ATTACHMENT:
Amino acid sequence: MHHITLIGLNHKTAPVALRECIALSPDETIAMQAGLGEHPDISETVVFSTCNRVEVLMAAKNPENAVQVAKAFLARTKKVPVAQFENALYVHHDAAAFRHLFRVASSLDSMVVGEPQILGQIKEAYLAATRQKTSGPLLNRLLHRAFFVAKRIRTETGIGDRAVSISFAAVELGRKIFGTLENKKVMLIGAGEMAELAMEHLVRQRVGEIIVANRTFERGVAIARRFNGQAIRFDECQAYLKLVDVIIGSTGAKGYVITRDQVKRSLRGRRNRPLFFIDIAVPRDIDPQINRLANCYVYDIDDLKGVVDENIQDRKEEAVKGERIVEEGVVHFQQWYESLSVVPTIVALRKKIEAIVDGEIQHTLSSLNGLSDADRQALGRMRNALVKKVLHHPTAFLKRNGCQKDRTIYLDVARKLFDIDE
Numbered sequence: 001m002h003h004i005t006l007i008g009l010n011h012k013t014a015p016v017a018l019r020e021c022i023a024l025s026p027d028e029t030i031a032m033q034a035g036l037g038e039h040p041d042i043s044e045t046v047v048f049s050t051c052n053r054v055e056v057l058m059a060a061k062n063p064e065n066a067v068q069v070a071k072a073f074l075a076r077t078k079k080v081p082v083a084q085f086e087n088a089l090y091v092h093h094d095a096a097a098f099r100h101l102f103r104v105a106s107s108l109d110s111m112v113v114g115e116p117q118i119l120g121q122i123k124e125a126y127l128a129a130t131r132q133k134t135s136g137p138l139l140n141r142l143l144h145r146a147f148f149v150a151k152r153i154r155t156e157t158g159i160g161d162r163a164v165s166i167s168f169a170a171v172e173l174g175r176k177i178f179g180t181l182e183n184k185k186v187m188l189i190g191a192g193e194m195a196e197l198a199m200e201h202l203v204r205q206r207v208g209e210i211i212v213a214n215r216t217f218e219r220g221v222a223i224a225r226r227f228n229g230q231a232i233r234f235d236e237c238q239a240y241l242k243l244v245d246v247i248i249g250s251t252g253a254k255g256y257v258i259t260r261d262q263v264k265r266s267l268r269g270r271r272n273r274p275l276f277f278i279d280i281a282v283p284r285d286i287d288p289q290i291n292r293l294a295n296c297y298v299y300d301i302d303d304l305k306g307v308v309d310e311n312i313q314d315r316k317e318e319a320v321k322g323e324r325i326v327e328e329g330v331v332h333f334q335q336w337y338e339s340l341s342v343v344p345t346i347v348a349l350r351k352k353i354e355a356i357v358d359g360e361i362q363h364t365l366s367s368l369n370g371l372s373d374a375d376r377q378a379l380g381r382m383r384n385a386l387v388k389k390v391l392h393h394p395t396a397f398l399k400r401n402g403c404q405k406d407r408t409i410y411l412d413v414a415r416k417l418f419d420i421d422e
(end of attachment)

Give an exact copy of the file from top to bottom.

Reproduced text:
Amino acid sequence: MHHITLIGLNHKTAPVALRECIALSPDETIAMQAGLGEHPDISETVVFSTCNRVEVLMAAKNPENAVQVAKAFLARTKKVPVAQFENALYVHHDAAAFRHLFRVASSLDSMVVGEPQILGQIKEAYLAATRQKTSGPLLNRLLHRAFFVAKRIRTETGIGDRAVSISFAAVELGRKIFGTLENKKVMLIGAGEMAELAMEHLVRQRVGEIIVANRTFERGVAIARRFNGQAIRFDECQAYLKLVDVIIGSTGAKGYVITRDQVKRSLRGRRNRPLFFIDIAVPRDIDPQINRLANCYVYDIDDLKGVVDENIQDRKEEAVKGERIVEEGVVHFQQWYESLSVVPTIVALRKKIEAIVDGEIQHTLSSLNGLSDADRQALGRMRNALVKKVLHHPTAFLKRNGCQKDRTIYLDVARKLFDIDE
Numbered sequence: 001m002h003h004i005t006l007i008g009l010n011h012k013t014a015p016v017a018l019r020e021c022i023a024l025s026p027d028e029t030i031a032m033q034a035g036l037g038e039h040p041d042i043s044e045t046v047v048f049s050t051c052n053r054v055e056v057l058m059a060a061k062n063p064e065n066a067v068q069v070a071k072a073f074l075a076r077t078k079k080v081p082v083a084q085f086e087n088a089l090y091v092h093h094d095a096a097a098f099r100h101l102f103r104v105a106s107s108l109d110s111m112v113v114g115e116p117q118i119l120g121q122i123k124e125a126y127l128a129a130t131r132q133k134t135s136g137p138l139l140n141r142l143l144h145r146a147f148f149v150a151k152r153i154r155t156e157t158g159i160g161d162r163a164v165s166i167s168f169a170a171v172e173l174g175r176k177i178f179g180t181l182e183n184k185k186v187m188l189i190g191a192g193e194m195a196e197l198a199m200e201h202l203v204r205q206r207v208g209e210i211i212v213a214n215r216t217f218e219r220g221v222a223i224a225r226r227f228n229g230q231a232i233r234f235d236e237c238q239a240y241l242k243l244v245d246v247i248i249g250s251t252g253a254k255g256y257v258i259t260r261d262q263v264k265r266s267l268r269g270r271r272n273r274p275l276f277f278i279d280i281a282v283p284r285d286i287d288p289q290i291n292r293l294a295n296c297y298v299y300d301i302d303d304l305k306g307v308v309d310e311n312i313q314d315r316k317e318e319a320v321k322g323e324r325i326v327e328e329g330v331v332h333f334q335q336w337y338e339s340l341s342v343v344p345t346i347v348a349l350r351k352k353i354e355a356i357v358d359g360e361i362q363h364t365l366s367s368l369n370g371l372s373d374a375d376r377q378a379l380g381r382m383r384n385a386l387v388k389k390v391l392h393h394p395t396a397f398l399k400r401n402g403c404q405k406d407r408t409i410y411l412d413v414a415r416k417l418f419d420i421d422e